Tell me about Dalby
Yeh, never seems to be affected by the weather too badly. Its one big loop but there are options to cut bit short (for example, theres a massive fire-road loop at the top end which I usually miss). Its a pretty tough workout as the best way (IMHO) to ride it is to go for it. There aren’t any massive downhills or climbs so just attack it. Good for all sorts of bikes too – its as much fun on my full sus as it is on my rigid SS.Posted 3 years agodoctorgnashoidzMember
There are better but the section until the black tails off is good. Once you head back south from the top it is a little bit of an exercise in distance but, its off road riding, with no gates, cars or gimmers in red socks and walking poles. Wish it was on my doorstep.Posted 3 years agoPete BMember
One continuous loop.Posted 3 years ago
It’s great if you accept it as fast single track (with a few bits of fire road) but if you want long fast descents or epic views forget it. There is one techy descent on the red and a few black sections.
It’s not up there with the Welsh centres & if ridden slowly uninteresting but if you hammer it you’ll know you’ve been round.
I wouldn’t bother on a sunny, unwindy day as I’d sooner be in the open so best saved for poorer weather when the trees provide shelter and the lack of scenery (you do get to see Fylingdales radar) isn’t an issue.
However, if I found myself up there with time on my hands and didn’t want to do an open country route I’d happily go there regardless.
Might gave the opportunity for half a day at Dalby next week.
Looking at the website the red looks an ideal length at just over 20 miles but seems to be split into 3 sections. I can’t see a trail map so was wondering if they all flowed on from one another to form a loop or do they start from different places?
Also what are conditions like if anyone’s been recently?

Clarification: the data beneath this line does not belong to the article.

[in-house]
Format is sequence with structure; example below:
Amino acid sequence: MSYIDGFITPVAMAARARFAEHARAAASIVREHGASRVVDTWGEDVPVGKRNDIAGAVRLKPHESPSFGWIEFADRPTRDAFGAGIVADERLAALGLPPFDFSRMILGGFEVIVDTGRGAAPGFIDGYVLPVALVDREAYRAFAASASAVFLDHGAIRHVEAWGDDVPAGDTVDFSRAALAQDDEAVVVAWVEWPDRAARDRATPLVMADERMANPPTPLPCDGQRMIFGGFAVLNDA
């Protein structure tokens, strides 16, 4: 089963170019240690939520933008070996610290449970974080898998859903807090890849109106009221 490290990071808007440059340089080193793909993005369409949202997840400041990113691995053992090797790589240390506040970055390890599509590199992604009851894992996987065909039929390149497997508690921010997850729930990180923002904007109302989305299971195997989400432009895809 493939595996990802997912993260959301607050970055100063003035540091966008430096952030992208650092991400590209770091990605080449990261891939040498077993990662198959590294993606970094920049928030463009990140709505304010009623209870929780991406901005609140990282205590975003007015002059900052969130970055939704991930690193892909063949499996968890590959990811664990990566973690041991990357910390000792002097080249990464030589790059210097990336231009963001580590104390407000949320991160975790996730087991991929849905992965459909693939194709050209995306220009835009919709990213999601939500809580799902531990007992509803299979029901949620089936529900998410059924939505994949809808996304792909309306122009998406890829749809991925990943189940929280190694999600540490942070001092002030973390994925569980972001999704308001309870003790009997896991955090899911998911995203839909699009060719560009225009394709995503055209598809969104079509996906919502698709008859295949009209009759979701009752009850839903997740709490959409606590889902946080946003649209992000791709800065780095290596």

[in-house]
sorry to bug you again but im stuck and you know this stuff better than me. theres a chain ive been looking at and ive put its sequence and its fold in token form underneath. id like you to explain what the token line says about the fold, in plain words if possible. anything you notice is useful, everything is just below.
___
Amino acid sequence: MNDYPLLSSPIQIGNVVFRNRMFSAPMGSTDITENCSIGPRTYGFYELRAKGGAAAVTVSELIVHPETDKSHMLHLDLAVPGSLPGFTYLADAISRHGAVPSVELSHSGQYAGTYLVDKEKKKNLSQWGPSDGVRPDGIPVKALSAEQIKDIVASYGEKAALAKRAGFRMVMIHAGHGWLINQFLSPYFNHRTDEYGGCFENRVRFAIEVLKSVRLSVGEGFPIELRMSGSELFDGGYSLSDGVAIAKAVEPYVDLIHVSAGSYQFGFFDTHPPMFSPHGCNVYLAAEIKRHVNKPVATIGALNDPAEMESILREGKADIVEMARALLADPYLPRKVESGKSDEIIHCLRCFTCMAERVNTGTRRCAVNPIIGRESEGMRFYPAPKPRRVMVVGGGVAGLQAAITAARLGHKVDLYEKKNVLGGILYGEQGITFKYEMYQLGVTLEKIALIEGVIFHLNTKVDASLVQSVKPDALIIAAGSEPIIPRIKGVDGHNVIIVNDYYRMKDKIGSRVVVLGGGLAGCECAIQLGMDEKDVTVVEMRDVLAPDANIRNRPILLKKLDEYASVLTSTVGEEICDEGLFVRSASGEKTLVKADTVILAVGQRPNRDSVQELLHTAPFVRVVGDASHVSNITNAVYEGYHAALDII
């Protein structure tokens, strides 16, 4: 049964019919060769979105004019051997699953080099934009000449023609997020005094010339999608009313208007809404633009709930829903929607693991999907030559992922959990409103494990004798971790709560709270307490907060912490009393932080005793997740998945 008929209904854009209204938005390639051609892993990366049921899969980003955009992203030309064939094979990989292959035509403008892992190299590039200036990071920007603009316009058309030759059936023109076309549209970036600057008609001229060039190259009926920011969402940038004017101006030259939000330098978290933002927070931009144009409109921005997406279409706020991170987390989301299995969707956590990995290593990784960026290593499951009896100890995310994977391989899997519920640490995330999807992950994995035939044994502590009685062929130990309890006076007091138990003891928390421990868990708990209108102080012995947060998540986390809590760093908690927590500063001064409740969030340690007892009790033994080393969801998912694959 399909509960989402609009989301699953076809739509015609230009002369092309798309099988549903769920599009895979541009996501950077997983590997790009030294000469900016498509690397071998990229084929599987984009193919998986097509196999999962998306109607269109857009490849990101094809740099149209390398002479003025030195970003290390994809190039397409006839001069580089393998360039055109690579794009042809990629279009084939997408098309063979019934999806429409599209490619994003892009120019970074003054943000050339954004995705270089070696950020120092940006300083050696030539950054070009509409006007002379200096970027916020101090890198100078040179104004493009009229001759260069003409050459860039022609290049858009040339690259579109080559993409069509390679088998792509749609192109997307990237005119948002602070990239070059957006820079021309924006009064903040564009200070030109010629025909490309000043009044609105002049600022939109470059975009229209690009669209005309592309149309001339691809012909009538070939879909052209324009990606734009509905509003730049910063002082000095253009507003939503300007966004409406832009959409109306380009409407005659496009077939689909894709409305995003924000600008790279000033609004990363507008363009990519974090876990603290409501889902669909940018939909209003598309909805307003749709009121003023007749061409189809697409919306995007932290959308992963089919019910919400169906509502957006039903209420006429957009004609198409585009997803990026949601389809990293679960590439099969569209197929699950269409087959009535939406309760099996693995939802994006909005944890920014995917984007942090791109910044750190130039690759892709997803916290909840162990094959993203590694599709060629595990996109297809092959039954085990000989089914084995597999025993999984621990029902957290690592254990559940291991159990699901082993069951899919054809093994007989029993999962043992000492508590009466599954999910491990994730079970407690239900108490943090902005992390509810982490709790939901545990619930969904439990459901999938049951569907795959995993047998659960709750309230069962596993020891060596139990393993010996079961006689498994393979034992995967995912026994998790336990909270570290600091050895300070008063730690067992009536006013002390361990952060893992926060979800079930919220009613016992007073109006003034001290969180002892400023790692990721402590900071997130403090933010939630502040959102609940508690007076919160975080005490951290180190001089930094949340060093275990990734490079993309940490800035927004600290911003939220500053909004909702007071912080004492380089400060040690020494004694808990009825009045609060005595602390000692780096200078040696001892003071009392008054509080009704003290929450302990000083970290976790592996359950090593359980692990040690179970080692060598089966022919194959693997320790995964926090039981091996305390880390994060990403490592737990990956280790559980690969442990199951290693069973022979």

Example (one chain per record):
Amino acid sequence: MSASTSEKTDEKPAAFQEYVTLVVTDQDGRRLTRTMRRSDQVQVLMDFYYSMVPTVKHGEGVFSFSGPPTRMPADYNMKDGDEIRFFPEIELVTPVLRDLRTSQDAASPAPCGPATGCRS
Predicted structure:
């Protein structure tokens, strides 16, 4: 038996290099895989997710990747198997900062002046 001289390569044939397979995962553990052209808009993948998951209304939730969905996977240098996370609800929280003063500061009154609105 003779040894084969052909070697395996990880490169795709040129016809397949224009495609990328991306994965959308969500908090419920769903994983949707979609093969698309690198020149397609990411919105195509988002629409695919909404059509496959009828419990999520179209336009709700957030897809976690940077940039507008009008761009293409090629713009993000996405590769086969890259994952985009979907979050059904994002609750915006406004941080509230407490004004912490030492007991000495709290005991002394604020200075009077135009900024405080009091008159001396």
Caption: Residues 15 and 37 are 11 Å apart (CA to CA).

CheersPosted 3 years agoSinglespeed_ShepMember
I ride there a fair bit, Tend to go off exploring as there are lots of excellent natural trails.
If i do the red route I find it a better ride if I start at dixons hollow and do a full loop from there. This way means the main ups and downs are half way instead of at the end.
It is a full loop and there is also a black loop also thats pretty short and worth doing a lap off (At Dixons Hollow)
Its in pretty good condition at the moment and has had a fair bit maintenance done recently.
I feel sorry for people who find riding bikes in the woods boring.Posted 3 years agomartinhutchSubscriber
Not my cup of tea at all. I can’t actually remember much of it, just the fierce sensation of wishing it was over after about 10 miles, even though I was still feeling fresh.
It’s sheer length makes it an excellent workout if you’re fairly local, but I won’t be driving two hours to get there again, even when conditions are poor elsewhere.
EDIT: Oh, and if, like me, you pay the seven quid to park at the start, it may compound the feelings. I think most locals ride in from free parking somewhere else.Posted 3 years agocentralscrutinizerMember
It’s worth doing if you’re in the area.Posted 3 years ago
I enjoy the red route, but do normally start pining for the end to come, the last bit does drag on a bit.